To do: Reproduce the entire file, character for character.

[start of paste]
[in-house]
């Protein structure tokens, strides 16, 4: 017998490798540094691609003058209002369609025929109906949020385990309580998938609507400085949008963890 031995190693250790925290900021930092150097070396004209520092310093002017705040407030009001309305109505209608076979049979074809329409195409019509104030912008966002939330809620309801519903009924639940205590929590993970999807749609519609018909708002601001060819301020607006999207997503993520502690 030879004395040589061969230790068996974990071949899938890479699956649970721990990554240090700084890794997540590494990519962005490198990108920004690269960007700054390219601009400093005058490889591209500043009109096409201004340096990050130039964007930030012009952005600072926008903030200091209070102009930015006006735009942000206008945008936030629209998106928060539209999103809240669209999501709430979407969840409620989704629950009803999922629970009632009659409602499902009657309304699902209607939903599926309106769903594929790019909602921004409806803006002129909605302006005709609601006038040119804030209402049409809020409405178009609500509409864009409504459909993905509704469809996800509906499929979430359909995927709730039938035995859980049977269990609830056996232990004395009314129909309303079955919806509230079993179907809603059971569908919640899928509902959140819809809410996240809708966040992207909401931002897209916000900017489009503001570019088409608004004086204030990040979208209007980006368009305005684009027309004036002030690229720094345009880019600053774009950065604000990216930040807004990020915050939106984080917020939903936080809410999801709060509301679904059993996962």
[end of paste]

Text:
[in-house]
């Protein structure tokens, strides 16, 4: 017998490798540094691609003058209002369609025929109906949020385990309580998938609507400085949008963890 031995190693250790925290900021930092150097070396004209520092310093002017705040407030009001309305109505209608076979049979074809329409195409019509104030912008966002939330809620309801519903009924639940205590929590993970999807749609519609018909708002601001060819301020607006999207997503993520502690 030879004395040589061969230790068996974990071949899938890479699956649970721990990554240090700084890794997540590494990519962005490198990108920004690269960007700054390219601009400093005058490889591209500043009109096409201004340096990050130039964007930030012009952005600072926008903030200091209070102009930015006006735009942000206008945008936030629209998106928060539209999103809240669209999501709430979407969840409620989704629950009803999922629970009632009659409602499902009657309304699902209607939903599926309106769903594929790019909602921004409806803006002129909605302006005709609601006038040119804030209402049409809020409405178009609500509409864009409504459909993905509704469809996800509906499929979430359909995927709730039938035995859980049977269990609830056996232990004395009314129909309303079955919806509230079993179907809603059971569908919640899928509902959140819809809410996240809708966040992207909401931002897209916000900017489009503001570019088409608004004086204030990040979208209007980006368009305005684009027309004036002030690229720094345009880019600053774009950065604000990216930040807004990020915050939106984080917020939903936080809410999801709060509301679904059993996962």